# stap -e 'probe netfilter.ip.local_out {
  if (dport == 53) # or parametrize
      printf("%s[%d] %s:%d\n", execname(), pid(), daddr, dport)
share|improve this answer

I had exactly the same problem and unfortunately auditd didn't really do much for me.

Just a brief explanation - I had traffic from some of my servers going towards google DNS addresses - and Now, my network admin has mild OCD and he wanted to clean all the unnecessary traffic since we have our intern DNS caches, and we wanted to disable outgoing port 53 for everyone except those cache servers.

So, after failing with auditctl, I dig into systemtap. I come up with the following script:

# cat >> udp_detect_domain.stp <<EOF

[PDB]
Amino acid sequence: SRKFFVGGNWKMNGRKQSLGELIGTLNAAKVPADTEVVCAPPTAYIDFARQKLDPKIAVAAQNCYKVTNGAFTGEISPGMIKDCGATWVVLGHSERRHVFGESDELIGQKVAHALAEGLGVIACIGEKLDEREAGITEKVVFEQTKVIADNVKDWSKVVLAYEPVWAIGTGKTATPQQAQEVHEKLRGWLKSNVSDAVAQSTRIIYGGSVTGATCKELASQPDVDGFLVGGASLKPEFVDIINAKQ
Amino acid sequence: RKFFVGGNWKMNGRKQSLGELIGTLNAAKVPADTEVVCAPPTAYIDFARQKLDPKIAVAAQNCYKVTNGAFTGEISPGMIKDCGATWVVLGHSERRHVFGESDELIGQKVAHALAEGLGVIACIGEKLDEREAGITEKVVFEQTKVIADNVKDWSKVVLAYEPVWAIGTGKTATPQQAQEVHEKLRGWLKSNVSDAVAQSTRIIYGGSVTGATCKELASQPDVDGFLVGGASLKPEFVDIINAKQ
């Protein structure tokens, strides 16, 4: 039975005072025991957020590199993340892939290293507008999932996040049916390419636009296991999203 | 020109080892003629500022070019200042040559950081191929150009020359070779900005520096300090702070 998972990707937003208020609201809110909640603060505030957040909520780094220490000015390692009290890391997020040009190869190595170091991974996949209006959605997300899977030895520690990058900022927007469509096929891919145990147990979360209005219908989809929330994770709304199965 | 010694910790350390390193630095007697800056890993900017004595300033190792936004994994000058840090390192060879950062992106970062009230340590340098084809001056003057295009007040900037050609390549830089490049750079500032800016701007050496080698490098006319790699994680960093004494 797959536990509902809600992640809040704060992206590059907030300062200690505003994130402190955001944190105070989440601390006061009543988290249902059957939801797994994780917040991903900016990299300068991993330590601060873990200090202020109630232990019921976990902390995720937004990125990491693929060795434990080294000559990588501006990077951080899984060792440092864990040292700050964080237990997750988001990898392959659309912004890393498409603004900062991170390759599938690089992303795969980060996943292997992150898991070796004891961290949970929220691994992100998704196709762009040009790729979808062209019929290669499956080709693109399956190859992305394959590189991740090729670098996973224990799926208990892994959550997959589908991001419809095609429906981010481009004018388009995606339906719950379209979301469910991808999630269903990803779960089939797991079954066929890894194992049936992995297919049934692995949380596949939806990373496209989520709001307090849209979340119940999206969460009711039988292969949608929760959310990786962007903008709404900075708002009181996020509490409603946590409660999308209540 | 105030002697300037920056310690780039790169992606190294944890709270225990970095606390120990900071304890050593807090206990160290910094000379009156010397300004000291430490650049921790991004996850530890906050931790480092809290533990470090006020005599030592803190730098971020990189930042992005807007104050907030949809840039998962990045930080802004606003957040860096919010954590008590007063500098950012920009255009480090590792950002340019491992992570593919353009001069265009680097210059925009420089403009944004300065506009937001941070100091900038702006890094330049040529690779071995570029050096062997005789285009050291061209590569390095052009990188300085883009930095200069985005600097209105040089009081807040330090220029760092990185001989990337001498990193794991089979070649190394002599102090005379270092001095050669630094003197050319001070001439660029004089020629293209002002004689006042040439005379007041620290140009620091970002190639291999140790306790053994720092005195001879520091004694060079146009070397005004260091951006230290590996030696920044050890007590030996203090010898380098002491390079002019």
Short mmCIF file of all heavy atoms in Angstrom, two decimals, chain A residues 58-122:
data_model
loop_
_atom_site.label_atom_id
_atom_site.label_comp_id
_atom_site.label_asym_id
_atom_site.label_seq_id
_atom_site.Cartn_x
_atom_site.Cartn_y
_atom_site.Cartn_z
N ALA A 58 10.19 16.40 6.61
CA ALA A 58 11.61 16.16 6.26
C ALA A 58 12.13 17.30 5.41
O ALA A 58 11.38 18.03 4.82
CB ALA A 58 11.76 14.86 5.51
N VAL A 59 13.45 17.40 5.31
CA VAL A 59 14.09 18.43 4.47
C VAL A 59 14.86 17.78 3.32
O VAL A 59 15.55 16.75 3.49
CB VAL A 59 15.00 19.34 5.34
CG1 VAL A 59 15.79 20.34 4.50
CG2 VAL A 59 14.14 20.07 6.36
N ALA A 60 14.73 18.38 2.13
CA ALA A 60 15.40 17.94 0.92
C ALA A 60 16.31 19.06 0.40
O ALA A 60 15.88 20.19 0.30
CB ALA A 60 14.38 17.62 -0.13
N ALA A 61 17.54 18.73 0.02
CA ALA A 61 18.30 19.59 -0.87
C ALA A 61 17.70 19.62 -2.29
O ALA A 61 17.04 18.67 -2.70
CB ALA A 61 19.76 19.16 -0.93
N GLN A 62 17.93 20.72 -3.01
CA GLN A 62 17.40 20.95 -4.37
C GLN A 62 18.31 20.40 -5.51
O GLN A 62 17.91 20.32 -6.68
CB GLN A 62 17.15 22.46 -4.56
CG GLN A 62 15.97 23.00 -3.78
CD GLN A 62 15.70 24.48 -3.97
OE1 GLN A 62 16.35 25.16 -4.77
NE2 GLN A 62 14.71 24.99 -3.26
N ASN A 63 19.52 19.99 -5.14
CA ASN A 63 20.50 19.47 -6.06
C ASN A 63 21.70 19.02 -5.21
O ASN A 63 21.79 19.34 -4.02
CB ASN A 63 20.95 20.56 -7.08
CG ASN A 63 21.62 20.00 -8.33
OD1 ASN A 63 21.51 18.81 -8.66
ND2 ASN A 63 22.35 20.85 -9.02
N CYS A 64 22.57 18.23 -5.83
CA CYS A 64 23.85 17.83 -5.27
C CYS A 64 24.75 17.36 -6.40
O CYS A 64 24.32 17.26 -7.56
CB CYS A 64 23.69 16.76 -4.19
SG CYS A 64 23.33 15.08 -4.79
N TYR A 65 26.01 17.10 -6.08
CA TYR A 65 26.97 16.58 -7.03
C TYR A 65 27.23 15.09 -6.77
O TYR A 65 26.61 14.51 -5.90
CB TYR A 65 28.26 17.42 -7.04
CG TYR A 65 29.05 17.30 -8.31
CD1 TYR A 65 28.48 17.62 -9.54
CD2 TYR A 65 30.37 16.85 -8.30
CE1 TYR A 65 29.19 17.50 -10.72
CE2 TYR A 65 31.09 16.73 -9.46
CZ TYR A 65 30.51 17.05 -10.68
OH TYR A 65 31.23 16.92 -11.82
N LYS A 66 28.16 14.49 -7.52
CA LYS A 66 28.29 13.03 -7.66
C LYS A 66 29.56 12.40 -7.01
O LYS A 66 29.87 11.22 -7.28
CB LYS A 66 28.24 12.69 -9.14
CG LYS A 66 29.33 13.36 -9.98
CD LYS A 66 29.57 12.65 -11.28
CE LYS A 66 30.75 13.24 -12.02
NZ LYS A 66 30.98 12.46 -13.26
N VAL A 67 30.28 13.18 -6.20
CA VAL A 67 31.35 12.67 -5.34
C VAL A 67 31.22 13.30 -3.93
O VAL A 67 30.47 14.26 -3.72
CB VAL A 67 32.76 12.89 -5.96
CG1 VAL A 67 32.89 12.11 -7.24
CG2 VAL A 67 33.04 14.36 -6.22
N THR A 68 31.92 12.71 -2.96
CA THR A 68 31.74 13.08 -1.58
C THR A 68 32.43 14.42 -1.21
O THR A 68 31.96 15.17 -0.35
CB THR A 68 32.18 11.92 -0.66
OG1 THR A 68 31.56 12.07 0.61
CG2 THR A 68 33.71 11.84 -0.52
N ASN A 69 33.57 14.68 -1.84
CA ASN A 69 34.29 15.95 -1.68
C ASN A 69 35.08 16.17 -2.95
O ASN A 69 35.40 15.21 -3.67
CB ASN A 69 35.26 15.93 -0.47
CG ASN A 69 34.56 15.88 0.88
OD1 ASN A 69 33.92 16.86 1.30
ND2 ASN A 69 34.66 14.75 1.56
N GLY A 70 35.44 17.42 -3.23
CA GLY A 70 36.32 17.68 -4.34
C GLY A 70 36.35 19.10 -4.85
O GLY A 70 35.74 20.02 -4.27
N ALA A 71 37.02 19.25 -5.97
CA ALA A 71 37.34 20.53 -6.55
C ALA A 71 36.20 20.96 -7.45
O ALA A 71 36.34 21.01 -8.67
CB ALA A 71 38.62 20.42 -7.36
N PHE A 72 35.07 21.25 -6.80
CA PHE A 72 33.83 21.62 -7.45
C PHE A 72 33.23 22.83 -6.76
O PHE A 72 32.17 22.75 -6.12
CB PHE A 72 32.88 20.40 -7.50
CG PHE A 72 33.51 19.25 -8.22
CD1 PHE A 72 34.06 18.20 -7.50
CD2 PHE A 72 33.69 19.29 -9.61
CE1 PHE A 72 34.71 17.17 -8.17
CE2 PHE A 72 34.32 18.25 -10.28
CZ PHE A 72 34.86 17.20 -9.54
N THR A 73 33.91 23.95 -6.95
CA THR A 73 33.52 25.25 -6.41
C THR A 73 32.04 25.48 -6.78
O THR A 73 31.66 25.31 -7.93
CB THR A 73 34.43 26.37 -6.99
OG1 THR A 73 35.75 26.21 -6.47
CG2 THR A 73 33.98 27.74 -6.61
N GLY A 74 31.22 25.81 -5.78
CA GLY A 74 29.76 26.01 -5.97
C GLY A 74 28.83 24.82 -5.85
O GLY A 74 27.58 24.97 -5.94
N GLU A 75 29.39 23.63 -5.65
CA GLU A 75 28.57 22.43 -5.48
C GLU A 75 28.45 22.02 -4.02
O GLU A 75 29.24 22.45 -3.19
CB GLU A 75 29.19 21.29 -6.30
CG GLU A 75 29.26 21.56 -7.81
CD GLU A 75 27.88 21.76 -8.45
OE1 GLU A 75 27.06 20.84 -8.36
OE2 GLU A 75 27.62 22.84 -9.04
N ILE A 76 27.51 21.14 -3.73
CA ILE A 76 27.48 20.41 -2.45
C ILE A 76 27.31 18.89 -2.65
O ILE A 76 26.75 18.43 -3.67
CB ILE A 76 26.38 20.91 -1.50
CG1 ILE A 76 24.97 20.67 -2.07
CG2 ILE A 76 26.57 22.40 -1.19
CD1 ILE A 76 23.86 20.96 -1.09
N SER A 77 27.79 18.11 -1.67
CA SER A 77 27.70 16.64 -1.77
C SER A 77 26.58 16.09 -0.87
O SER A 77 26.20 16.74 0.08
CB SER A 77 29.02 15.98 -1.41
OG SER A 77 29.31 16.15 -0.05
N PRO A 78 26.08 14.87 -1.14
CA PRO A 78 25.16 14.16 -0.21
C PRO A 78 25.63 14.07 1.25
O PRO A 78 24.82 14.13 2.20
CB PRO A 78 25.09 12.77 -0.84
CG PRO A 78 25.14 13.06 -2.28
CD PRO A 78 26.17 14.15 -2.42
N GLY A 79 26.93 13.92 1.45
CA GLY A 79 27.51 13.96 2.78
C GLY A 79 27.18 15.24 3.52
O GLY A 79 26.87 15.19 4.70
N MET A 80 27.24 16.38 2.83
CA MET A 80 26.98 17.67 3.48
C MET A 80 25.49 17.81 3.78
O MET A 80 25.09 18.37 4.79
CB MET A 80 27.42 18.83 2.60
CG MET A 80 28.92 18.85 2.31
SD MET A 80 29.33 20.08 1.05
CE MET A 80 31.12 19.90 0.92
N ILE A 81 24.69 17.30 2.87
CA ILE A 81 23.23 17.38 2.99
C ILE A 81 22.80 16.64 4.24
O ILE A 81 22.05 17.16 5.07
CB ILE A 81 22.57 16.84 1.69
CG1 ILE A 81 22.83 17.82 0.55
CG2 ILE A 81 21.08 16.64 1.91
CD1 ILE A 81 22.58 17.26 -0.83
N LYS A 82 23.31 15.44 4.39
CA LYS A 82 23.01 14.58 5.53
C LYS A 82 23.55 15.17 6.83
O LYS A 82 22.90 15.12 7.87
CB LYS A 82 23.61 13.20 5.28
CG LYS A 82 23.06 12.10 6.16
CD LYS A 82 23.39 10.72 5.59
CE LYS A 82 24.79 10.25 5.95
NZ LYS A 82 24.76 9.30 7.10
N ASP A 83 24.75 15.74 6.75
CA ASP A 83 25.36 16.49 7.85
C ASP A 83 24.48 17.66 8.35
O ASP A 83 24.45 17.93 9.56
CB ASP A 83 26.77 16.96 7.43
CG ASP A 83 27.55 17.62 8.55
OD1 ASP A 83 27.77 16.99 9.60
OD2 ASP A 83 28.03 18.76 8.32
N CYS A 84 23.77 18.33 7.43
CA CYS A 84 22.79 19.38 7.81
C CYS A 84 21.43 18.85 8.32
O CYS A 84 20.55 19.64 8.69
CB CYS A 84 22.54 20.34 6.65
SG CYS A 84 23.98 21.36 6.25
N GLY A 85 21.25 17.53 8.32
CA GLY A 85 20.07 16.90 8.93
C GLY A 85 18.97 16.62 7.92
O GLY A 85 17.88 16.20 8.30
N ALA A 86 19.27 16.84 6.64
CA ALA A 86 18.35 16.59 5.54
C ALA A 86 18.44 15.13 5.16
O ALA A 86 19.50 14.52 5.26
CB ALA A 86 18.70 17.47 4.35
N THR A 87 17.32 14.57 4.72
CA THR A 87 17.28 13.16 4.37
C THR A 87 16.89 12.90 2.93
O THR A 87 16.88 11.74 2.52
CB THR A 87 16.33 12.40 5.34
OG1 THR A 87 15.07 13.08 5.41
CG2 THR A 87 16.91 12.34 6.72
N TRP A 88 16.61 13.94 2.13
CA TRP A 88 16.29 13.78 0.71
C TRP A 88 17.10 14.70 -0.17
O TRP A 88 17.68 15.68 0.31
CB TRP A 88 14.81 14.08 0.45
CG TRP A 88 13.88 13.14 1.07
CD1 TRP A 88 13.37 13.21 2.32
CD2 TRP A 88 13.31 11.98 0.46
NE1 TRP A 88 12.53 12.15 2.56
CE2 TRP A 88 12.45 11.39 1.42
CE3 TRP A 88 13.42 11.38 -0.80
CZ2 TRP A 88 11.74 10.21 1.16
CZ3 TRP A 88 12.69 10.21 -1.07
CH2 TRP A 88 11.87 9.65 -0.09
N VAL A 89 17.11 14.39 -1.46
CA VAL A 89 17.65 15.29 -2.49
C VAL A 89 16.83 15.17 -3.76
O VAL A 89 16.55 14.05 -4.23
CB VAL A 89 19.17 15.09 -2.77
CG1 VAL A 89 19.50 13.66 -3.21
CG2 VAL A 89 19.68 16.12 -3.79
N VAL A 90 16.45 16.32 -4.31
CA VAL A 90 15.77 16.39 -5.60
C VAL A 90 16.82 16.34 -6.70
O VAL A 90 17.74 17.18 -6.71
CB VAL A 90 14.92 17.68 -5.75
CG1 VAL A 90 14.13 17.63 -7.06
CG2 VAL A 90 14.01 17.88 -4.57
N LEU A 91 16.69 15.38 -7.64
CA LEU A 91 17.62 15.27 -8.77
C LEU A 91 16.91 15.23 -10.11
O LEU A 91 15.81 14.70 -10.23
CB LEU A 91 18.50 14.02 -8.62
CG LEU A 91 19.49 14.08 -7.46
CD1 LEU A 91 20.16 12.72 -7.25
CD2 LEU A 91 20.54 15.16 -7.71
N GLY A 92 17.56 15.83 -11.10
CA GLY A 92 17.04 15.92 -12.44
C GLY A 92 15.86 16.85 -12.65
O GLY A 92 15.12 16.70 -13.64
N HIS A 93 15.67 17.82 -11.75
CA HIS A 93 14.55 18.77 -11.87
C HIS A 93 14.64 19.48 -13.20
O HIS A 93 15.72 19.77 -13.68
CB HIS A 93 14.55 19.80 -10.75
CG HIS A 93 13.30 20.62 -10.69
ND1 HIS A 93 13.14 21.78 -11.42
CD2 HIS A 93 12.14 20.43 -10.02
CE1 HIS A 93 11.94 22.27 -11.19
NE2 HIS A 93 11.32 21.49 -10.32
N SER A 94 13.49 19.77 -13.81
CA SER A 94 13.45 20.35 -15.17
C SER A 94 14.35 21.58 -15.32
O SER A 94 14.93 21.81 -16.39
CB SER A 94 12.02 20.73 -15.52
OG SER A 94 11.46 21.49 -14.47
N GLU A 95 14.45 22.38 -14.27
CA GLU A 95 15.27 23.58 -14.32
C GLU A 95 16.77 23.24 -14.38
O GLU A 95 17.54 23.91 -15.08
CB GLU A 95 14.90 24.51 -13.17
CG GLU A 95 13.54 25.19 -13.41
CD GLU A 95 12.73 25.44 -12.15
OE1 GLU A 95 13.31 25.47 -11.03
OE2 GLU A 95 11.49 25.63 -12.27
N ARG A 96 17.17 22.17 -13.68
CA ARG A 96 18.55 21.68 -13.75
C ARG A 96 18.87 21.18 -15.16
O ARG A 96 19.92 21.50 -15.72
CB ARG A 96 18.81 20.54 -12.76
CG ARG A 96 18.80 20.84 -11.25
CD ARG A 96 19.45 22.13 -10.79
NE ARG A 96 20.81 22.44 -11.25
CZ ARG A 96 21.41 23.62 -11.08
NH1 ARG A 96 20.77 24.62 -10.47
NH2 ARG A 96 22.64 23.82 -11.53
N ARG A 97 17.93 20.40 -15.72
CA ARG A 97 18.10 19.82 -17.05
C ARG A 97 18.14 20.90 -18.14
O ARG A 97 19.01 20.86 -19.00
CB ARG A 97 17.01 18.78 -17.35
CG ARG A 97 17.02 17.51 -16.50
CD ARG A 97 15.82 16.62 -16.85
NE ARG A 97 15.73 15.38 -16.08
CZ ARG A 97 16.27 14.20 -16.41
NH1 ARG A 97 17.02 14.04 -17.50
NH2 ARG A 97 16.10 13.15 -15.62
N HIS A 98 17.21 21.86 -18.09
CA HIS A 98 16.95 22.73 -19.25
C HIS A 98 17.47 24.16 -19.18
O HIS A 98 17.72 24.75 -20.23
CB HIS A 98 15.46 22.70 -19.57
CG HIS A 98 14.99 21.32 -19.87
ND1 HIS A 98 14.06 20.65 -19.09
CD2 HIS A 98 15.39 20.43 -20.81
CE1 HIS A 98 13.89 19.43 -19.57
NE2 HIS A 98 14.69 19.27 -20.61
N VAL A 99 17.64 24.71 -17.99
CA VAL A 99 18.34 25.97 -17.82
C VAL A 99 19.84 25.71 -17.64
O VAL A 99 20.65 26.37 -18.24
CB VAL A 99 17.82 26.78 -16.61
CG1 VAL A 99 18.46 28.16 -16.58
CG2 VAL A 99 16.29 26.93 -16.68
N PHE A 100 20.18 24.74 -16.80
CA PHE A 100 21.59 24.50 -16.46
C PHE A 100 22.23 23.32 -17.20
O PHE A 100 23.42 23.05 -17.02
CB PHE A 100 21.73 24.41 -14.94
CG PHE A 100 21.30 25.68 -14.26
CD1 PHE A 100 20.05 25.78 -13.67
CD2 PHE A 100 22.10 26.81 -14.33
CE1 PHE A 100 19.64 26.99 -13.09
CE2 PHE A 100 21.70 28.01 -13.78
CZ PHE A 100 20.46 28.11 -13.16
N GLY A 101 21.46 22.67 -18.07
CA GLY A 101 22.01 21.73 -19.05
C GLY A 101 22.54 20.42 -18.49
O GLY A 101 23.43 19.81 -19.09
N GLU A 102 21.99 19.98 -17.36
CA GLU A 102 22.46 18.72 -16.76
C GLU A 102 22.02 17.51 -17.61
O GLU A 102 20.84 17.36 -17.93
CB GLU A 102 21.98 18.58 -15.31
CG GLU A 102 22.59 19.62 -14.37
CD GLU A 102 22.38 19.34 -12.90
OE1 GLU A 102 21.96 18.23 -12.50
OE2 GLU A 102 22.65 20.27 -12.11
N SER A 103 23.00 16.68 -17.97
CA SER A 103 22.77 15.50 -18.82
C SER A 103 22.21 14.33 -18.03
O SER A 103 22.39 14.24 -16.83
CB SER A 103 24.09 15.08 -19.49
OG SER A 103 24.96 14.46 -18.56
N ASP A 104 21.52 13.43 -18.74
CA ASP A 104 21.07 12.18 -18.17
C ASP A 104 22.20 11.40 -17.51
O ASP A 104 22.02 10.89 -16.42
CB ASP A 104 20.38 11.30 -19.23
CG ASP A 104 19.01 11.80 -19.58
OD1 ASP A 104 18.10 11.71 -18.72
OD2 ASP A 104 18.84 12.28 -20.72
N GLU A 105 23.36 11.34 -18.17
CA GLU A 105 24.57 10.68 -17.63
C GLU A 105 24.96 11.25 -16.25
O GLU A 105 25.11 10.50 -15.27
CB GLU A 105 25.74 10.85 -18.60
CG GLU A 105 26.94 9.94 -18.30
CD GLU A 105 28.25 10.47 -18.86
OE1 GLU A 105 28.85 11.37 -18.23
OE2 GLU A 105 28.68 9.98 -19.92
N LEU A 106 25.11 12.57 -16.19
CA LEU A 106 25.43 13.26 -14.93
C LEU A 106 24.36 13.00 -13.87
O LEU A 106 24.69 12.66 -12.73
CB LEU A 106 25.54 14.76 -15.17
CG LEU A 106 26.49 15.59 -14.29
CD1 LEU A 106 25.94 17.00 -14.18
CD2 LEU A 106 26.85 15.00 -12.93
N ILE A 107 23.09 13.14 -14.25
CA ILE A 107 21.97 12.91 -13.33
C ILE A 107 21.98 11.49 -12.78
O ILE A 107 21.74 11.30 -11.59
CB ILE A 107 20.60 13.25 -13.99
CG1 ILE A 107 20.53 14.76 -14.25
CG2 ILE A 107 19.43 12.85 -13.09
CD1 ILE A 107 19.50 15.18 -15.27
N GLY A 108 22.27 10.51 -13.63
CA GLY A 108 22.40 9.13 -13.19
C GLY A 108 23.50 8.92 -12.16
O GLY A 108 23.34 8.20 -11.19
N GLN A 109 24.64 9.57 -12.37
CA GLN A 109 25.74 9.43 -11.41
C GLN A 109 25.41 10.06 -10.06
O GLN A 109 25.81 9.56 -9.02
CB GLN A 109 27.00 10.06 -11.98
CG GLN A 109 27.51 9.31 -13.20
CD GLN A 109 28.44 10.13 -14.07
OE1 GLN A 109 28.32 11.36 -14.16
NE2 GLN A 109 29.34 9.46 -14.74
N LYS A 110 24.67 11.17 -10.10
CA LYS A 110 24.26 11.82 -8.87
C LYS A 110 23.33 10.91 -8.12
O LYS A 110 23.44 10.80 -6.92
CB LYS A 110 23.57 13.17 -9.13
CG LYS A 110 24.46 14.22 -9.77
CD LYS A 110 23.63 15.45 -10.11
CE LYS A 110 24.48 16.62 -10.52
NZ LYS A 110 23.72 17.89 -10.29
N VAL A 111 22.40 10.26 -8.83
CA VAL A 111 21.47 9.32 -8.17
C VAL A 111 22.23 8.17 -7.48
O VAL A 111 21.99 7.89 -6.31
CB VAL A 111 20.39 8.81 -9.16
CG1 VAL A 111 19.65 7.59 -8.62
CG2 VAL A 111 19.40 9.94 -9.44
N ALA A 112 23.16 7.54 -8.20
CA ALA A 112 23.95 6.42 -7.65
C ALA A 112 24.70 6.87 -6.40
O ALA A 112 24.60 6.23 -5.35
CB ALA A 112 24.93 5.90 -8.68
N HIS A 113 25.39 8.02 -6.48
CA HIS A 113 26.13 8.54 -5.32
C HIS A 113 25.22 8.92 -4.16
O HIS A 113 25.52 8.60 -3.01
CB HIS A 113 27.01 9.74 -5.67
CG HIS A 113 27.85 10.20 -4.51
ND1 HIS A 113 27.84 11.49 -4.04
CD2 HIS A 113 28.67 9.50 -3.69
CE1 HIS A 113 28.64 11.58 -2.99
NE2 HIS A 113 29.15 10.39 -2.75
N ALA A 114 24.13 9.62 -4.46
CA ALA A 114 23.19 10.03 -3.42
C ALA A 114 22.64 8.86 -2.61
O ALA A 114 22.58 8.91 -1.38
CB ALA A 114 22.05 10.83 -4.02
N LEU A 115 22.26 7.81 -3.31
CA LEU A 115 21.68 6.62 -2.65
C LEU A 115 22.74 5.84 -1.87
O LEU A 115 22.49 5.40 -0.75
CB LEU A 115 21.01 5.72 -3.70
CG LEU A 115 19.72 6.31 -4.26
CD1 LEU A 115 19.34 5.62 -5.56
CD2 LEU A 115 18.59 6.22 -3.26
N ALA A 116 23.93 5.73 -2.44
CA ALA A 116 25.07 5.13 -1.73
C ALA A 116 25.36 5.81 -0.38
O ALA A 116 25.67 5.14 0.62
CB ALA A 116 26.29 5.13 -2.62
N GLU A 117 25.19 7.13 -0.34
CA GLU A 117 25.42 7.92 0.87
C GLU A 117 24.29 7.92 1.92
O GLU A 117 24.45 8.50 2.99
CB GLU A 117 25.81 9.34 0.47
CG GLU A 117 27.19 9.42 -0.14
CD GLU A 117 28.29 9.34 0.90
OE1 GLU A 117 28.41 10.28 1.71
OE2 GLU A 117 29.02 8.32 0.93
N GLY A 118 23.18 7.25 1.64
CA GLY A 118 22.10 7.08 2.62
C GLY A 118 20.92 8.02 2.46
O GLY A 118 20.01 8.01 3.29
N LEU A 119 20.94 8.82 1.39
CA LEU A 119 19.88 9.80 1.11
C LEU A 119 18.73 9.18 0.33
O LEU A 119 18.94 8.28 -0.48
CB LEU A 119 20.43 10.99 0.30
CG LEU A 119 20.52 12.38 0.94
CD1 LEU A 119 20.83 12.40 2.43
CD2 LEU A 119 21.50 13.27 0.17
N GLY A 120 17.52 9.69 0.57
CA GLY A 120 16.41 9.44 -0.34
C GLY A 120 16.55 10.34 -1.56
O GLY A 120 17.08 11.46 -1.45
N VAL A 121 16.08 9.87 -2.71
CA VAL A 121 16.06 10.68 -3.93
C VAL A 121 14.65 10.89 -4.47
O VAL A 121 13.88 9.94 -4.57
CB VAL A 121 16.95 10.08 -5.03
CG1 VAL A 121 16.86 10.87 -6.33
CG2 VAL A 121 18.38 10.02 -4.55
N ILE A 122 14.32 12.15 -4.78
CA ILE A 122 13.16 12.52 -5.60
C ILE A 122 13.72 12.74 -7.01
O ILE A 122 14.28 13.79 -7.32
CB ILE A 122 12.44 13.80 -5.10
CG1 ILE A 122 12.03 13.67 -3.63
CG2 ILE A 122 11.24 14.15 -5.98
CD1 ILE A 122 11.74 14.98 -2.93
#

probe udp.sendmsg {
  if ( dport == 53 && daddr == "" ) {
    printf ("PID %5d (%s) sent UDP to %15s 53\n", pid(), execname(), daddr)

Then simply run it with:

stap -v udp_detect_domain.stp

This is the output that I got:

PID  3501 (python) sent UDP to 53
PID  3501 (python) sent UDP to 53
PID  3506 (python) sent UDP to 53

That's it! After changing resolv.conf those PIDs didn't pick up the changes.

Hope this helps :)

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You can use netstat, but you need the right flags, and it only works if the process that is sending the data is still alive. It won't find the traces of something that came briefly to life, sent UDP traffic, then went away. It also requires local root privileges. That said:

Here's me starting an ncat on my local host, sending UDP traffic to port 2345 on a (non-existent) machine

[madhatta@risby]$ ncat -u 2345 < /dev/urandom

Here's some tcpdump output proving that the traffic is going:

[root@risby ~]# tcpdump -n -n port 2345
tcpdump: verbose output suppressed, use -v or -vv for full protocol decode
listening on eth0, link-type EN10MB (Ethernet), capture size 65535 bytes
12:41:32.391750 IP > UDP, length 8192
12:41:32.399723 IP > UDP, length 8192